Daily Family Worship

Psalm 119: 169-176: Love for the Lord’s Word

by | Jun 28, 2024

psalm 119: 169-176

David is now approaching the end of this lengthy Psalm, and now his petitions seem to increase in force and fervency. He seems to break into the inner circle of Divine fellowship, and to come even to the feet of the great God Whose help he is imploring. This nearness creates the most lowly view of himself; and it leads him to close the Psalm by bowing down with his face to the ground, in the deepest self-humiliation – begging to be sought out like a lost sheep.

“Let my cry come near before thee, O Lord!” (verse 176) He is tremblingly afraid that he might not be heard. He is conscious that his prayer is nothing better than the cry of a poor child, or the groan of a wounded beast. He is full of dread that perhaps it would be shut out from the ears of the Most High, but he very boldly prays that it may come before God – that it may be in His sight, under His notice, and looked upon with His acceptance. In fact, he goes even further and entreats, “Let my cry come near before thee, O Lord!” He wants the Lord’s attention to his prayer to be very close and considerate. He uses a figure of speech and personifies his prayer. We may picture his prayer as the trembling Queen Esther – venturing into the royal presence, entreating an audience, and begging to find favor in the sight of the blessed and only Potentate! It is a very sweet thing to a suppliant when he knows assuredly that his prayer has obtained audience, that it has trodden the sea of glass before the throne, and that it has come even to the footstool of the glorious seat around which heaven and earth adore! It is to Jehovah that this prayer is expressed with trembling earnestness; we crave audience of no one else, for we have confidence in none beside. And this is the prayer about which he is so exceedingly anxious: “Give me understanding according to thy word!” With all his power, he resolves to get understanding; and no matter what else he misses, he is resolved to not miss out on this priceless treasure. He desires spiritual light and understanding as it is promised in God’s Word, as it proceeds from God’s Word, and as it produces obedience to God’s Word. He pleads as though he had no understanding whatsoever of his own, and he asks to have one given to him. “Give me understanding!” In truth, he had an understanding according to the judgment of men; but what he sought was an understanding according to the Holy Scriptures, which is quite another thing. To understand spiritual things is the gift of the Lord alone! To have a judgment enlightened by heavenly light and conformed to Divine truth is a privilege which only the Lord’s grace can give. Many a person who is esteemed wise after the manner of this world is a fool according to the Word of the Lord. May we be among those happy children who shall all be taught of the Lord! (Isa. 54:13)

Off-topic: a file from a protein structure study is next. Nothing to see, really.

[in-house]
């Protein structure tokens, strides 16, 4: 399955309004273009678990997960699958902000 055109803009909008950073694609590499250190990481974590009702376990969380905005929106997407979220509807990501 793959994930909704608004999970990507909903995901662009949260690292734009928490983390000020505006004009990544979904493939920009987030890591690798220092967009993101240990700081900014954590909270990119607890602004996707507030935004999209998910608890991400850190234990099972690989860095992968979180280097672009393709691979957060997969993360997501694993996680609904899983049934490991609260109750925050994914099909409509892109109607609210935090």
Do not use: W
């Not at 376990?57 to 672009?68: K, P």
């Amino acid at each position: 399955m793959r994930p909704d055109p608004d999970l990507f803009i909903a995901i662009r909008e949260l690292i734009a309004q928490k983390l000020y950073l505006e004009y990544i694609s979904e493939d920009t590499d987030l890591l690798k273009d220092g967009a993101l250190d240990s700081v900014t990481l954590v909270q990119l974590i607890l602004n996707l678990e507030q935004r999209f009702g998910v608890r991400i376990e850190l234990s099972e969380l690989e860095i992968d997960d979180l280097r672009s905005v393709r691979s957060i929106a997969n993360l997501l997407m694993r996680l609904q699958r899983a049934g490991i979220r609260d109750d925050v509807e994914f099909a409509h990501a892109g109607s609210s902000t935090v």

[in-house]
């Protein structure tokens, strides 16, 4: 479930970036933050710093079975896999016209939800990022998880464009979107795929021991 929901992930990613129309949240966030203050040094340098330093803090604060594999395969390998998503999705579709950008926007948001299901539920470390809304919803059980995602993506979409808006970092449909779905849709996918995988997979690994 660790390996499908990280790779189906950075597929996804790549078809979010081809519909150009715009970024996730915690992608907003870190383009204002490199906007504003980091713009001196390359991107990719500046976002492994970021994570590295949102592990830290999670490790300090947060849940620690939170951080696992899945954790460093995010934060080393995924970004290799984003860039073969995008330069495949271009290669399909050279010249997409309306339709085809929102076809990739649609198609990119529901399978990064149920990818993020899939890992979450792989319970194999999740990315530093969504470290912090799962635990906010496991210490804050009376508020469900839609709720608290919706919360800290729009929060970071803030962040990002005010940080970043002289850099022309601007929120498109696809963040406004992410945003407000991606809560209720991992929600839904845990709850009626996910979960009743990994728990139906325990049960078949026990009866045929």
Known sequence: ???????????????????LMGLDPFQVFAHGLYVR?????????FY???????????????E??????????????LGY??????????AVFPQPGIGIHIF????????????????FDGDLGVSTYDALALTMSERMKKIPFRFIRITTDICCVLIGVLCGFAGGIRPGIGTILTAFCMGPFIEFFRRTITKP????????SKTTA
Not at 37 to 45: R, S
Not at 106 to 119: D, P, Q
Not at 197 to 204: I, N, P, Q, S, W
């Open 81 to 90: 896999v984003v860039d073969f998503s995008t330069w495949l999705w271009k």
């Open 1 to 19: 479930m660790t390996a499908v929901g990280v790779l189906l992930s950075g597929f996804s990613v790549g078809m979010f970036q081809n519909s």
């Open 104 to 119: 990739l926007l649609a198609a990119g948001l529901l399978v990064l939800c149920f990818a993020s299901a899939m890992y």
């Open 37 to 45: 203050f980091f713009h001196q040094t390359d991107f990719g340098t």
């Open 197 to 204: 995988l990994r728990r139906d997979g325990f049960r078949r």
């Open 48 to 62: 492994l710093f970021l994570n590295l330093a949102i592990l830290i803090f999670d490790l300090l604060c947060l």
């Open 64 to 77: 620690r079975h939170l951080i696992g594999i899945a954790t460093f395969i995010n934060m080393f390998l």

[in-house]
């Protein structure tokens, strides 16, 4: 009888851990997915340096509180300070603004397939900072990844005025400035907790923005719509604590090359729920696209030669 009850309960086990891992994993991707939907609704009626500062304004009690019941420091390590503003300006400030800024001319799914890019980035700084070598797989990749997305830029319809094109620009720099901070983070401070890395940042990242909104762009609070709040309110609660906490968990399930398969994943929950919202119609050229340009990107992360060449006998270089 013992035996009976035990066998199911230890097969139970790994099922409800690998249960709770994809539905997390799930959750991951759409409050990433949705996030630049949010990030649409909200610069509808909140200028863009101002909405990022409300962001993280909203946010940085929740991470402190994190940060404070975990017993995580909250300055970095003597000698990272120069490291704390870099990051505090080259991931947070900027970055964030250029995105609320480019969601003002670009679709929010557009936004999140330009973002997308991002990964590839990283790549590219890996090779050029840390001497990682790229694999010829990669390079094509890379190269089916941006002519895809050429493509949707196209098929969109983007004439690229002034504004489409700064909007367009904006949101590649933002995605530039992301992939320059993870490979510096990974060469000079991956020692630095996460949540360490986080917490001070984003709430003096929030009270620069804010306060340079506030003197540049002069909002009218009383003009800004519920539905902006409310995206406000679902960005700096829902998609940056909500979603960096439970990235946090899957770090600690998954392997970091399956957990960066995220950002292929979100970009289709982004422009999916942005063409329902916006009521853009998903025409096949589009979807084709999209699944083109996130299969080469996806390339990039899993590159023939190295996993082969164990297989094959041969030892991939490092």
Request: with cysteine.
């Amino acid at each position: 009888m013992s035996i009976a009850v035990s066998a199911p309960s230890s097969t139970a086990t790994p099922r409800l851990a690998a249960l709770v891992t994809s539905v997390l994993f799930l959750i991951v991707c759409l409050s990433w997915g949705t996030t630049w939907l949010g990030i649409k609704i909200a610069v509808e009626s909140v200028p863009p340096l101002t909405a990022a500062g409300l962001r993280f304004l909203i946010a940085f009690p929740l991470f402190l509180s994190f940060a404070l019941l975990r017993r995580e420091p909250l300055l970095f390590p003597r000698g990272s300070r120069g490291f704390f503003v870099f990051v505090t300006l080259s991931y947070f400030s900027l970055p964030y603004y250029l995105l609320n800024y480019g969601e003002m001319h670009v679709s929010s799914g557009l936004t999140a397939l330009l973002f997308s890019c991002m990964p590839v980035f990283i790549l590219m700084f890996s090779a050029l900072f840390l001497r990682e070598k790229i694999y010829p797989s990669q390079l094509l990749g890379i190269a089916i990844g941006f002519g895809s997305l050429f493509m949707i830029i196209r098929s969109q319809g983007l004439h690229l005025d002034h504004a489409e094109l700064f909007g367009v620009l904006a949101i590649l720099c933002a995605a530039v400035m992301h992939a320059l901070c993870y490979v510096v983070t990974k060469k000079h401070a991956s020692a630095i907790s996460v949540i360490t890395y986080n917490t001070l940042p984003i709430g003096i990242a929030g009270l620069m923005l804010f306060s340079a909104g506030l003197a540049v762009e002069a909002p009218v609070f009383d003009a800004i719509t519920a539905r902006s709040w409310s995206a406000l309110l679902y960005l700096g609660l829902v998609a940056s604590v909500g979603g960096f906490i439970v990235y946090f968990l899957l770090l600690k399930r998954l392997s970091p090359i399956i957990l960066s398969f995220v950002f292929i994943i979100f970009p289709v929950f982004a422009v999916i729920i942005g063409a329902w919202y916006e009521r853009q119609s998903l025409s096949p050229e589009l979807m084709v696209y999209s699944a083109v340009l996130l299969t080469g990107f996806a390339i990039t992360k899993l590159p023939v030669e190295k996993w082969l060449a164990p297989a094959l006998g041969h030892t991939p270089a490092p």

Verse 176 presents us with the conclusion of the whole matter. The Psalmist makes a confession: “I have gone astray like a lost sheep” – often, willfully, and needlessly. We, too, have gone astray; and we would have done so hopelessly, except for the Lord’s interposing grace! We, like David, have gone astray from the practical precepts and the instructive doctrines of the Scriptures, and from the heavenly experiences which our God has set before us. We have lost our road, and we have lost our own selves. Even now, we are too often inclined to wander; therefore, it is fitting and proper for us imitate the Psalmist and beseech the Lord to restore us. “Seek thy servant,” he pleads. He was not like a dog, which can find its way back somehow or another; rather, he was like a lost sheep, which goes further and further away from home. Yet still, he was the Lord’s sheep! He was His property, and he was precious in His sight; and therefore, he hoped to be sought, so that he might be restored. And however far he might have wandered, he was not just a sheep; for He was God’s servant. And therefore, he desired to be in his Master’s house again, and once more honored with commissions for his Lord. If he had only been a lost sheep, he would not have prayed to be sought; but being also a servant, he had the power to pray. Hence he cries, “Seek thy servant!” And he hopes to be not only sought, but also forgiven and accepted, and taken into work again by his gracious Master!

O Lord! We confess that we are very often wandering sheep who go far astray from Your fold. We pray that Jesus, the Good Shepherd, may seek us, save us, forgive us, and restore us into Your favor and Your service! Amen.

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